First, a quote from you that I really like: “I know so many women who want that “commitment” of marriage to feel “good” about themselves and the relationship.  That is somehow their gauge of self worth or how they can “know” the man loves them.  It is, frankly, quite pathetic, but a reflection of the times (think Twilight)  We’ve diminished marriage down to this. An affirmation of self worth for women with low self esteem.”    Yeah, that’s not what we are shooting for in marriage. I feel like that vibe came across in Bitterblue, not in relation to marriage, but in relation to sex in general.  I’ll be interested to hear what you think after you’ve read it.  (My review is already posted, but it has spoilers. You have been warned :) )You also said, “They understand that no paper, or words of some priest, can create that commitment. It must come from within.  And I think THAT is an important message for the teens of our time. ”  There is a sense in which I agree.  People increasingly shy away from anything that requires commitment, and a story which says you must invest in someone (poker analogy – “I’m all in”) sends a message that needs to be heard.   My Christian perspective would say that the inner and outer commitments should go hand-in-hand.  The official binding of the outer commitment (the ceremony and paper) without an genuine inner commitment is a bad gig.   But an inner commitment without the outer commitment lacks an important element as well.     I used to coach basketball, so if I may revert to an analogy that I hope is close to what I am trying to say.  If a kid came out for the team and joined it, but was not fully invested, he would either quit or eventually ride the bench, because he lacked the drive to practice hard, keep his grades up, and want to contribute to the team.  If his heart wasn’t in it, it always showed.  On the other hand, I had players who told  me how much the loved basketball, but they wouldn’t commit – they would miss practices, show up without their uniform, break team rules….  Eventually they too would drop out of the program.       In order to succeed their inner loves and outer commitments needed to match up.     You noted that Katsa and Po had a deep understanding of commitment.  I think you’re right – they do.  What frustrated me about the story was that, because they understood it, neither one went “all in.”  I understand how that resonates in our culture – it reflects the unfortunate reality of what most people see about marriage and the family.  I just wish there were a way to simultaneously acknowledge the reality of our experiences while reminding us that, while good and noble ideals can be broken, that does not mean they should not be pursued. (Bitterblue does give some hopeful hints  at the end).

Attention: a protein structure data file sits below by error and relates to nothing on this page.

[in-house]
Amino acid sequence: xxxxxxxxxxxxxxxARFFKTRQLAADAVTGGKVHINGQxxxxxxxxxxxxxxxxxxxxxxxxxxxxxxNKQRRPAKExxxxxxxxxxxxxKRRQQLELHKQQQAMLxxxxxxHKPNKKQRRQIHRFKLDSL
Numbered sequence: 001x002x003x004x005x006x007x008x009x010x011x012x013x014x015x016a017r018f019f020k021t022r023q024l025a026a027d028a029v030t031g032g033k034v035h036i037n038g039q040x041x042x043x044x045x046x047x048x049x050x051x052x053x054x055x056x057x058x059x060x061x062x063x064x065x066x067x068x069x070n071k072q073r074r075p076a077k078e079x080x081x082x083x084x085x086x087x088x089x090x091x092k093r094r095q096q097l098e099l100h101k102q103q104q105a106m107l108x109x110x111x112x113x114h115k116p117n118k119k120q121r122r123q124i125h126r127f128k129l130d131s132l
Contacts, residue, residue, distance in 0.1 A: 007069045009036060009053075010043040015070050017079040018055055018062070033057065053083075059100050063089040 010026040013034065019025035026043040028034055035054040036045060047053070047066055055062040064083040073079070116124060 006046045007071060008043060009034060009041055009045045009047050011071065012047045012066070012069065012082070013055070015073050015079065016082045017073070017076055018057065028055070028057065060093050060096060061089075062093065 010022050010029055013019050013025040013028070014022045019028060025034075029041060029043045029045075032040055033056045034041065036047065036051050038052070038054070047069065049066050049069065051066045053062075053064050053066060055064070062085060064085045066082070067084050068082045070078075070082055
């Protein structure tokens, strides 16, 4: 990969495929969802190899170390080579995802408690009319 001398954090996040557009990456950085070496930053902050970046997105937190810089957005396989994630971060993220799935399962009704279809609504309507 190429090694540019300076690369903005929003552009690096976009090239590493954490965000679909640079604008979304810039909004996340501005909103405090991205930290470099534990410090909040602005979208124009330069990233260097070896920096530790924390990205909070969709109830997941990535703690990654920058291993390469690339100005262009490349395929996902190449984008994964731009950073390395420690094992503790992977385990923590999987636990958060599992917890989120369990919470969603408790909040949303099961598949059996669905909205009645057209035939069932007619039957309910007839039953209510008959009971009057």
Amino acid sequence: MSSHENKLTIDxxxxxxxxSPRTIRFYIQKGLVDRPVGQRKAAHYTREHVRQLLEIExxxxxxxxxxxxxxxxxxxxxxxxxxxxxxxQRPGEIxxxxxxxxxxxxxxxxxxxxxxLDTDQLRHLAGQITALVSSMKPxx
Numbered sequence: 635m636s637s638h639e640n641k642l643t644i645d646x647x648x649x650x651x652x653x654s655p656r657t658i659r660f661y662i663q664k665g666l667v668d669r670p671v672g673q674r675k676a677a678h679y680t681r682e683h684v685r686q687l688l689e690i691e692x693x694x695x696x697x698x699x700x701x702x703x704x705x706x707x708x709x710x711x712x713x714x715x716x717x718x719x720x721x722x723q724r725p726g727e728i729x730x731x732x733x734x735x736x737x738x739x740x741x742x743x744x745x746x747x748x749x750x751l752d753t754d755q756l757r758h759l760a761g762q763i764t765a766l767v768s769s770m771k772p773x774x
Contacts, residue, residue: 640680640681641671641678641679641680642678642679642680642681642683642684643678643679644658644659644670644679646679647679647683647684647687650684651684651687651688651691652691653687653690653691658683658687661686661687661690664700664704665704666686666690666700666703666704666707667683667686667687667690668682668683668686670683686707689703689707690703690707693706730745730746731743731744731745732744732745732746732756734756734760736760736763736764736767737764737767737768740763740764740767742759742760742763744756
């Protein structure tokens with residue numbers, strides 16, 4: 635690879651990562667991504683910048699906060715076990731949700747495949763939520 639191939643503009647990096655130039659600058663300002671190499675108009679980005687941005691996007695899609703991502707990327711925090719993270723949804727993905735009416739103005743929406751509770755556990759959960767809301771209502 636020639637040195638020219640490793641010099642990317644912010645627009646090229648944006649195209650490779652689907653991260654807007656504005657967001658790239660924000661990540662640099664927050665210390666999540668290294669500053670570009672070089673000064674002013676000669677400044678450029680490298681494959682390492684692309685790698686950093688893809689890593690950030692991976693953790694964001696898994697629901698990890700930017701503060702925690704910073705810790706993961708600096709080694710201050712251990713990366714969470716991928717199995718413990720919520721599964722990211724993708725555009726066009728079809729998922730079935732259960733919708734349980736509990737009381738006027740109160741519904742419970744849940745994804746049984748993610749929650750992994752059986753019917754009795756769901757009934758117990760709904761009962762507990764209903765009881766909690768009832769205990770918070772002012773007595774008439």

• Whisperinthewoods

        Anthony, I agree. I think you successfully summed up our conversation.  I dont’ know the answer.  It’s a big, complicated mess isn’t it?

        • Anthonyweber

          Yes, it is :)

  • Kimberli

    Anthony, I forgot to mention. I also read Divergent, per your suggestion.  Have you posted a review of that story.  I’d be interested in your impressions of it as well